The trends drawn from the data on Google searches recur in the data from Facebook and Twitter. On Twitter, as the graphs in the appendix demonstrate, the largest spikes in anti-Muslim election-related tweets occurred following the Brussels attacks and the Orlando attack. We also observe smaller spikes following the Paris attack and the San Bernardino attack. The largest spike in anti-Islamophobia tweets also occurred around the San Bernardino attack in December 2015. On Facebook, the figures in the appendix show that the biggest spike in anti-Muslim comments occurred following the Orlando attack, while the biggest spike in anti-Islamophobia comments occurred during the DNC during the Khizr Khan speech. Politicians’ Facebook pages were the one platform on which anti-Muslim rhetoric was far more prevalent than anti-Islamophobia rhetoric.
It is notable that the attacks in Orlando and San Bernardino prompted candidate statements. On the day following the Orlando shooting, Trump delivered a speech in which he asserted that “the killer, whose name I will not use or ever say, was born an Afghan of Afghan parents, who immigrated to the United States.” He also said: “Large numbers of Somali refugees in Minnesota have tried to join ISIS.” Both of these claims are untrue: Omar Mateen was born in the United States and only nine Somali Americans have ever been charged with a terror-related offense.
In the same speech, Trump interpreted President Obama and Clinton’s refusal to use the term “radical Islamic terrorist” (owing to its implication of terror as a particularly Islamic phenomenon) as actual support for extremism. Trump also falsely asserted that people in San Bernardino had known about the attacker’s intentions, but failed to report because they were concerned with racial profiling. In sum, Trump conflated Muslims with terrorists and suggested that the terrorist was not American because his parents were Afghan.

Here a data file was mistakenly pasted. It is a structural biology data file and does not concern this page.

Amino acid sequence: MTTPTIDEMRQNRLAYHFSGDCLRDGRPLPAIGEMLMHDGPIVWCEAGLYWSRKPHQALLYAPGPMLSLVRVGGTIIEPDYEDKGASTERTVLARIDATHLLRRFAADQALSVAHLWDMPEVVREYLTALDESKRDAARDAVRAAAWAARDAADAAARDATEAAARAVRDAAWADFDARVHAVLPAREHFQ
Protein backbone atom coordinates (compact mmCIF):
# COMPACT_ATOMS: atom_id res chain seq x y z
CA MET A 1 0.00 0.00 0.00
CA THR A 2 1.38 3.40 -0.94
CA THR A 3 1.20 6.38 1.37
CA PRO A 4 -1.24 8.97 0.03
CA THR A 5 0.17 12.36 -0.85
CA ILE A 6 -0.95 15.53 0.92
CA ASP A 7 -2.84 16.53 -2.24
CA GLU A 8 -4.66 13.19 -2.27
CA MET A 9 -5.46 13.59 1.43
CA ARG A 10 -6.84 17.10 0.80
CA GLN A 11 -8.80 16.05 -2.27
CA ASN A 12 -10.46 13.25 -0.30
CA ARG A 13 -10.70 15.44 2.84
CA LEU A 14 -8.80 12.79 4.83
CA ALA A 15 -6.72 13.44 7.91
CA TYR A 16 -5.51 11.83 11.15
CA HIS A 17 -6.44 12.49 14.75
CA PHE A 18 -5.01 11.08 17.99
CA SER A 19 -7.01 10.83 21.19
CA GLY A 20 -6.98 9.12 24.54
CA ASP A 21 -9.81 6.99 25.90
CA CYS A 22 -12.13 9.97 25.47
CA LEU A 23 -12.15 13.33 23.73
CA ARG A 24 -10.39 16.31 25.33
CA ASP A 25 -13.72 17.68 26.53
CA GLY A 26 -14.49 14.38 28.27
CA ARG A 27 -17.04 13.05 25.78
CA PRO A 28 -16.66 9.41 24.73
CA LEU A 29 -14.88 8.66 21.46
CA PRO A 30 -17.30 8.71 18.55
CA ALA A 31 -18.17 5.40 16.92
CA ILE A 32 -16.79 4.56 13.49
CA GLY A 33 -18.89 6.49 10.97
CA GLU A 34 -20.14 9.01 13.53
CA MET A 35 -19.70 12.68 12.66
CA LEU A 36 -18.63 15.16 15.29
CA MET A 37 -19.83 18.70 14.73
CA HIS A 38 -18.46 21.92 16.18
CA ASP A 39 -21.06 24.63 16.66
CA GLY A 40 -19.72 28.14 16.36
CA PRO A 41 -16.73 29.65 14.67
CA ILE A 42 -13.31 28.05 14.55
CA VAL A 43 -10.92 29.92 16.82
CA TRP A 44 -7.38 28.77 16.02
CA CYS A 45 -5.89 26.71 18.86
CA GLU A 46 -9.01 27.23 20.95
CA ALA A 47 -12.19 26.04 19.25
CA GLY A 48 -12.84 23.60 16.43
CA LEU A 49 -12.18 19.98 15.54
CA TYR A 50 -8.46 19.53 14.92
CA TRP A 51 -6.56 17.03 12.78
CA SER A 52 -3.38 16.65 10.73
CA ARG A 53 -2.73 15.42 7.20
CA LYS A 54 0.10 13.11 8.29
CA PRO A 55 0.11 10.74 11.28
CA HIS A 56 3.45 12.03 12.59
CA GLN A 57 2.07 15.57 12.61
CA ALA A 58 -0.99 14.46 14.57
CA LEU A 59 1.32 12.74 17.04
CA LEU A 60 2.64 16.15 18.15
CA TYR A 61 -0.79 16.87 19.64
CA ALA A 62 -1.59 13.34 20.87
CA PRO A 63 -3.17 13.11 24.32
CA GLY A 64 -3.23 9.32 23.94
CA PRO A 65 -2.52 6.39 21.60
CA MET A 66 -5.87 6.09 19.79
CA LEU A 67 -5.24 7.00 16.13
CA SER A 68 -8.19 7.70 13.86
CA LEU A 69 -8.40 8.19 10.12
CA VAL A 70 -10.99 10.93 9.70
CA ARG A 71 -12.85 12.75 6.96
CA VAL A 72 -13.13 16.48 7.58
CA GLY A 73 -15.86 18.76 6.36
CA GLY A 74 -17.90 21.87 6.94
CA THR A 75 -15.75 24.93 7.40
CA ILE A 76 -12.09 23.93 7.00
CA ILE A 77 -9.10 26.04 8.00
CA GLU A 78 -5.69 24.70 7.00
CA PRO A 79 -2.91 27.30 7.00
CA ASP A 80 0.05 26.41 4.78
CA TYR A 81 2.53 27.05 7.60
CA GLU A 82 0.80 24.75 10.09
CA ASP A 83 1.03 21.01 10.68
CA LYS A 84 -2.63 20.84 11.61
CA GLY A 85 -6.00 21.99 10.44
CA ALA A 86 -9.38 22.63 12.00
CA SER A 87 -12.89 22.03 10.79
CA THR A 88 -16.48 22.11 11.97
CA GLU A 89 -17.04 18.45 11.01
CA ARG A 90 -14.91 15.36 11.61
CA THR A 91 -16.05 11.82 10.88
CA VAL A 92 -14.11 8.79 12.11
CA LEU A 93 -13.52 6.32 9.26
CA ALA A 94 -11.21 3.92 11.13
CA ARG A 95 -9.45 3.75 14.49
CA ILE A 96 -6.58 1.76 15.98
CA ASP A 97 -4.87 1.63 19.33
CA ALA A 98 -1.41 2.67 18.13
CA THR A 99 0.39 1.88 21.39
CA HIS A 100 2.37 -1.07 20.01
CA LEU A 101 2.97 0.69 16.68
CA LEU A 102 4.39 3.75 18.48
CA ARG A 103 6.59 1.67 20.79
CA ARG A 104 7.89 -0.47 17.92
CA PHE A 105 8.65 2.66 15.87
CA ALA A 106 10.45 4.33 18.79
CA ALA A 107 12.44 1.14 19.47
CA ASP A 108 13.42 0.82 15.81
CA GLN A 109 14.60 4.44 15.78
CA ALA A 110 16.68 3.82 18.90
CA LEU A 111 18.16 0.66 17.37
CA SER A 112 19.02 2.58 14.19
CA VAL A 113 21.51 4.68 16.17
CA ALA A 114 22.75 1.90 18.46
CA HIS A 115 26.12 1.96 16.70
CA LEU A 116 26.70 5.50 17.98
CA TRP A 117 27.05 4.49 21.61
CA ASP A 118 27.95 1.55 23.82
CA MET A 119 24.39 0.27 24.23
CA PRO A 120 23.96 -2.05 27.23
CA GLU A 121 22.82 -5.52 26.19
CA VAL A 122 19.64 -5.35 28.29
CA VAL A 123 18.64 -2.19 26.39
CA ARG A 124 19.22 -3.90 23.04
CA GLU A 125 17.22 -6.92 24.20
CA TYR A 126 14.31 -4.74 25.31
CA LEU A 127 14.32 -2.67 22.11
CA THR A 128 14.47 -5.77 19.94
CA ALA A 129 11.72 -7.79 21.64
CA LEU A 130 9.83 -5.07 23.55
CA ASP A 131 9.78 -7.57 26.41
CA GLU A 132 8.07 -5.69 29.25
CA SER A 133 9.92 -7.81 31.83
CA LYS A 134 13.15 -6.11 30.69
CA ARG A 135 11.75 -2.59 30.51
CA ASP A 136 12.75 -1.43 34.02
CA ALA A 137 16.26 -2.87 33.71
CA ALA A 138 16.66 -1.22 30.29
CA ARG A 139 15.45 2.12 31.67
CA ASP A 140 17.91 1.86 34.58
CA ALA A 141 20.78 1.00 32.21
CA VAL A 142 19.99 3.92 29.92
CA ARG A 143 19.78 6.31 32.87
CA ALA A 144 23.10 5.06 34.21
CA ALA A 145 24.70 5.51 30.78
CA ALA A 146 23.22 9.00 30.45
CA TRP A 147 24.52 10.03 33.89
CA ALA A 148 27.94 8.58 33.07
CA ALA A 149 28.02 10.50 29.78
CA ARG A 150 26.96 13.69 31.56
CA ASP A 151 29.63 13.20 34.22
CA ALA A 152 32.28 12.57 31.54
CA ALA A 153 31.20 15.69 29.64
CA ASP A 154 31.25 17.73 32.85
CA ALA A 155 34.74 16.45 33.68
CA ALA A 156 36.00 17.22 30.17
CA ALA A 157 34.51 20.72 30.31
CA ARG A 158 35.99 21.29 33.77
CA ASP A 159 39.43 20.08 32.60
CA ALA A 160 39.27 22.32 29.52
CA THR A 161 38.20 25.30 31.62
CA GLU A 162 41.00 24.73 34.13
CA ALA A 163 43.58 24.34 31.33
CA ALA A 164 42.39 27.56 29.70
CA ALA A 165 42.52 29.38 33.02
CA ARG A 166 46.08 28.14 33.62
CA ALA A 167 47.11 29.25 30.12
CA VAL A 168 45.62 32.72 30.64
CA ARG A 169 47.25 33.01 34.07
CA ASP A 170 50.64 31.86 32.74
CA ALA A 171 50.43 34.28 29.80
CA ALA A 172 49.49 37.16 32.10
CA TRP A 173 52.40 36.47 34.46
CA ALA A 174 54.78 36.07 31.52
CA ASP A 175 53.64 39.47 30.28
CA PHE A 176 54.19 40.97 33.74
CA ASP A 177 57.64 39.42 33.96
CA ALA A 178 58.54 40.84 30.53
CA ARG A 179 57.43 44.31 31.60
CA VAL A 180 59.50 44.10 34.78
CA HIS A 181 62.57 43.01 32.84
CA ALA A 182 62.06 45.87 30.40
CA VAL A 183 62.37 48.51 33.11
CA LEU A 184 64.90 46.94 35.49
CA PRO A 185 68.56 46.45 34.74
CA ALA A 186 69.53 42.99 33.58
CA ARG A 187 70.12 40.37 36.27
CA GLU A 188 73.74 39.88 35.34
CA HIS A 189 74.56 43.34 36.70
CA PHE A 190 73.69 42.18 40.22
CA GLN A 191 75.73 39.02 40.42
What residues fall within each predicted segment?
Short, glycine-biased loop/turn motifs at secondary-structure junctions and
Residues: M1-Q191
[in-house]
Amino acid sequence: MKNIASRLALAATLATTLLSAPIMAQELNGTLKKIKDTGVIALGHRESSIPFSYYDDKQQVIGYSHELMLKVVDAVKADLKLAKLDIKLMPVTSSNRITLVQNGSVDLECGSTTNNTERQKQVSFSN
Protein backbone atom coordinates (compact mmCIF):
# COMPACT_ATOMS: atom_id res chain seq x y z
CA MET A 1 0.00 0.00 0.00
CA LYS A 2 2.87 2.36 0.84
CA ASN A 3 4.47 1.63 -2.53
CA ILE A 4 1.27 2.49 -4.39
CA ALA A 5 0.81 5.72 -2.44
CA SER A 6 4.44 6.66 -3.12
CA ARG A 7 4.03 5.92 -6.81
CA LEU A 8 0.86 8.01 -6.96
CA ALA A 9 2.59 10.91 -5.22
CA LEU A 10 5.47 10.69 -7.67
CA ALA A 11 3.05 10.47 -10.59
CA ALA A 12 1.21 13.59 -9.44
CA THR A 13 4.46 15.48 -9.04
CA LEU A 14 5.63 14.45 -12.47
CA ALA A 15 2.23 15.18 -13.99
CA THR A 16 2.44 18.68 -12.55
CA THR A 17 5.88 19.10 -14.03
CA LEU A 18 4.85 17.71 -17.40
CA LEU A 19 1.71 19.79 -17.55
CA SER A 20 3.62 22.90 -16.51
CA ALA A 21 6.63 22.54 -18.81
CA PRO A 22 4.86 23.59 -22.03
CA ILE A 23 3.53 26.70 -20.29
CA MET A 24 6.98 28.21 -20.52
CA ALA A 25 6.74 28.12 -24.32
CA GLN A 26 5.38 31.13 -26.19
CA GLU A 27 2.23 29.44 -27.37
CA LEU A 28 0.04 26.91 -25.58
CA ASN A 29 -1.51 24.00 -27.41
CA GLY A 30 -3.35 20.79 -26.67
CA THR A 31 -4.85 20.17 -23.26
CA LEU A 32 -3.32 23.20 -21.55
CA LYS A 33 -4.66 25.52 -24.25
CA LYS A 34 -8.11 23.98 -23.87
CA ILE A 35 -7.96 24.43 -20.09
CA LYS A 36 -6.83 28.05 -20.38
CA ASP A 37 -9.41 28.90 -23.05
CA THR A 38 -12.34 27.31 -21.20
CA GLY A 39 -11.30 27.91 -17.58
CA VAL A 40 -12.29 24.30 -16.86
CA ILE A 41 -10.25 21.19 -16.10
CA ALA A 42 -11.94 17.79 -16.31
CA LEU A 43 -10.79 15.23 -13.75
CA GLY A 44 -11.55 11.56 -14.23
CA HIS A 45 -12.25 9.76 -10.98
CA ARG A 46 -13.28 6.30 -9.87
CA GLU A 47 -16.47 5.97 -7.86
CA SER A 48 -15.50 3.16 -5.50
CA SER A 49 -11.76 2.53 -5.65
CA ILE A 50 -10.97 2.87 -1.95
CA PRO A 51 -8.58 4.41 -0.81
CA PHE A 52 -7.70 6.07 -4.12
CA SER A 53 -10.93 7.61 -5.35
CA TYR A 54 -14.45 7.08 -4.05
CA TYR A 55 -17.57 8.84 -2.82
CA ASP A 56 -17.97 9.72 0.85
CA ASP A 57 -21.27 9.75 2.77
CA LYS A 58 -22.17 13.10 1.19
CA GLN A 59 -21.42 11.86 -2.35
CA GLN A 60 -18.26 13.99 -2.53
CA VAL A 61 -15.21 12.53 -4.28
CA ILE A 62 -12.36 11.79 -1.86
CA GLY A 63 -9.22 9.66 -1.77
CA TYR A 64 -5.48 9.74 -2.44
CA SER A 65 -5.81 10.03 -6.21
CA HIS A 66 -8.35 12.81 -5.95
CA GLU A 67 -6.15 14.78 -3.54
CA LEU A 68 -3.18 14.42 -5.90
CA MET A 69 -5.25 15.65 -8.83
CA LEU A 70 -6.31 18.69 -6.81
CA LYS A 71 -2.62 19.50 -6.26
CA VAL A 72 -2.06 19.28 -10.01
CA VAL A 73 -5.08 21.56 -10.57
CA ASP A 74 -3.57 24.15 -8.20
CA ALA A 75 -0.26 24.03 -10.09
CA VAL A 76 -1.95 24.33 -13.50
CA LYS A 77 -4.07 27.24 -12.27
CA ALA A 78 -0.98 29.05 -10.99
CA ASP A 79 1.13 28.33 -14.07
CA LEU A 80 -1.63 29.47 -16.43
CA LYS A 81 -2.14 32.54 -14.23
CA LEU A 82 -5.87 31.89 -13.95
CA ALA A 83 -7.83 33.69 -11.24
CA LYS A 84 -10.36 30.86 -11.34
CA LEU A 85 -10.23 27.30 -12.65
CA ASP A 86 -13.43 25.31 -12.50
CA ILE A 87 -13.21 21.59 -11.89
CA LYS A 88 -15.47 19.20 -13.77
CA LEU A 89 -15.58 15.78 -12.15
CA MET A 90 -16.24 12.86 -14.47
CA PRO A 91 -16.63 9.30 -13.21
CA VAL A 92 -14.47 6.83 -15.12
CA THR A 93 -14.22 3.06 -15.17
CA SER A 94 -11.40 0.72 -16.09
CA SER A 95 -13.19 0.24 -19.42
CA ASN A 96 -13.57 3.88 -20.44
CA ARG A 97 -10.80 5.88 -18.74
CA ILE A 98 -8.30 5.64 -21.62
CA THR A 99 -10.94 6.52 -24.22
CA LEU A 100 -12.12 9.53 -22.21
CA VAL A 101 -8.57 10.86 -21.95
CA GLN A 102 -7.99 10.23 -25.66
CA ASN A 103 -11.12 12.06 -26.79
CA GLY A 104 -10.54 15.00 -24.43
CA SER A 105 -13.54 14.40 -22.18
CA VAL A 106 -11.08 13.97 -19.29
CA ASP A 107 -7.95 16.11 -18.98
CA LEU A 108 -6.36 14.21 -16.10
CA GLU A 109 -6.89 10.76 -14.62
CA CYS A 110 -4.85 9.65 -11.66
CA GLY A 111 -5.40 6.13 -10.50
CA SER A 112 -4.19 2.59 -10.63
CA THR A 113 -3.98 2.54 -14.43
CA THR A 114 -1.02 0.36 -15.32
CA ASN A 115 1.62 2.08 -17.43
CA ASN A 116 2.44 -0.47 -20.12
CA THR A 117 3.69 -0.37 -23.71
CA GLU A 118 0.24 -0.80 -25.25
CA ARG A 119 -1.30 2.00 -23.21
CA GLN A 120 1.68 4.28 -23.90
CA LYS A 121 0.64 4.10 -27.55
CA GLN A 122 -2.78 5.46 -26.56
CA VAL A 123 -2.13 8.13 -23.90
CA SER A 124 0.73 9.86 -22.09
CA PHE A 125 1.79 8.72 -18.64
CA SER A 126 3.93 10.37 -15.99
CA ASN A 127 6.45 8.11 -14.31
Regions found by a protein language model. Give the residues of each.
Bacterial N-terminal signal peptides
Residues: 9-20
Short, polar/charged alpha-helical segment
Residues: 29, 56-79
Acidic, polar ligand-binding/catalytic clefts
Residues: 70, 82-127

In her speech, also delivered on June 13, Clinton expressed both outrage at the horror and sympathy for the victims. Instead of using “Muslim” and “Islam” to describe the shooter, she mentioned ISIS. One of the few times the word “Muslim” did appear in her speech was when she mentioned that “they (ISIS) are slaughtering Muslims who refuse to accept their medieval ways” in an attempt to underscore that Muslims are the most common target of terror attacks.
The content of the posts on the Facebook pages of both candidates immediately following the attack reveals the consequences of these rhetorical differences, one eager to hold all Muslims and particularly American Muslims as responsible for and sympathetic to terrorism (meriting a ban) and the other who has refused to use Muslims as bait in her campaign rhetoric. Between June 12 and 14, 297 anti-Muslim comments were posted on Clinton’s official page and 703 were posted on Trump’s page. The total number (until July 2016) of anti-Muslim comments on Clinton’s page was 3,090, while the total number on Trump’s page was almost double that at 6,020.8
Instead of there being widespread support for constitutionally guaranteed religious freedom, Islamophobic tweets (84K) came up to almost two-thirds of the tweets that were against Islamophobia (118K). This becomes an even greater basis of concern when it is noted that most of the anti-Muslim hashtags for which data were pulled involve violent acts against Muslims or their places of worship. It is also notable that a fewer number of unique users generate a high number of anti-Islamophobia tweets relative to the number of unique users that generate Islamophobic content. This suggests the possibility that the anti-Islamophobic tweets may be produced by a small number of activists who oppose hate speech on the internet against the larger number searching, tweeting, and sharing Islamophobic material.